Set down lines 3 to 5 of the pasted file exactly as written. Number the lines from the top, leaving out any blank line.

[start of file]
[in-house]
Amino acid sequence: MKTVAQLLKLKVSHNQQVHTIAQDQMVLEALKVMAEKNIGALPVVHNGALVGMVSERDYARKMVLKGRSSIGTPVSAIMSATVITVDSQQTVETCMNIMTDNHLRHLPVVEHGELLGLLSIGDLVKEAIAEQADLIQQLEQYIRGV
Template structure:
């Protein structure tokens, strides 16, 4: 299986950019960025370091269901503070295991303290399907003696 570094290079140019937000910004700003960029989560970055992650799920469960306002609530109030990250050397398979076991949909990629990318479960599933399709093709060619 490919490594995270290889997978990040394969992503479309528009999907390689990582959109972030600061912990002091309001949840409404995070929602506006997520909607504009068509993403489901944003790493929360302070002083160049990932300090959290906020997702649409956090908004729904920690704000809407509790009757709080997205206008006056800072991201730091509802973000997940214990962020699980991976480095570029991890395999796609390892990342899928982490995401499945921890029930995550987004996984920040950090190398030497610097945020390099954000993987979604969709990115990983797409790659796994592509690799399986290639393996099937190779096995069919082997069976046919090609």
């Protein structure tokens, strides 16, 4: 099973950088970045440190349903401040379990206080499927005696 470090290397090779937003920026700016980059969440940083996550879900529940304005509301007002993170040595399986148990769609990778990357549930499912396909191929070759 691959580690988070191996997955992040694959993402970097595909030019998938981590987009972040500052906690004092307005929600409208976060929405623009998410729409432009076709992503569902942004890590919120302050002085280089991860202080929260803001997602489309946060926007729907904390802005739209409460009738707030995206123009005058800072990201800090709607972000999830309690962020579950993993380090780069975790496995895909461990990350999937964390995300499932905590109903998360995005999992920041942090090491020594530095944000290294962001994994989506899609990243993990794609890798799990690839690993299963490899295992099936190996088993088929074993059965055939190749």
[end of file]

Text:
Template structure:
């Protein structure tokens, strides 16, 4: 299986950019960025370091269901503070295991303290399907003696 570094290079140019937000910004700003960029989560970055992650799920469960306002609530109030990250050397398979076991949909990629990318479960599933399709093709060619 490919490594995270290889997978990040394969992503479309528009999907390689990582959109972030600061912990002091309001949840409404995070929602506006997520909607504009068509993403489901944003790493929360302070002083160049990932300090959290906020997702649409956090908004729904920690704000809407509790009757709080997205206008006056800072991201730091509802973000997940214990962020699980991976480095570029991890395999796609390892990342899928982490995401499945921890029930995550987004996984920040950090190398030497610097945020390099954000993987979604969709990115990983797409790659796994592509690799399986290639393996099937190779096995069919082997069976046919090609």
């Protein structure tokens, strides 16, 4: 099973950088970045440190349903401040379990206080499927005696 470090290397090779937003920026700016980059969440940083996550879900529940304005509301007002993170040595399986148990769609990778990357549930499912396909191929070759 691959580690988070191996997955992040694959993402970097595909030019998938981590987009972040500052906690004092307005929600409208976060929405623009998410729409432009076709992503569902942004890590919120302050002085280089991860202080929260803001997602489309946060926007729907904390802005739209409460009738707030995206123009005058800072990201800090709607972000999830309690962020579950993993380090780069975790496995895909461990990350999937964390995300499932905590109903998360995005999992920041942090090491020594530095944000290294962001994994989506899609990243993990794609890798799990690839690993299963490899295992099936190996088993088929074993059965055939190749």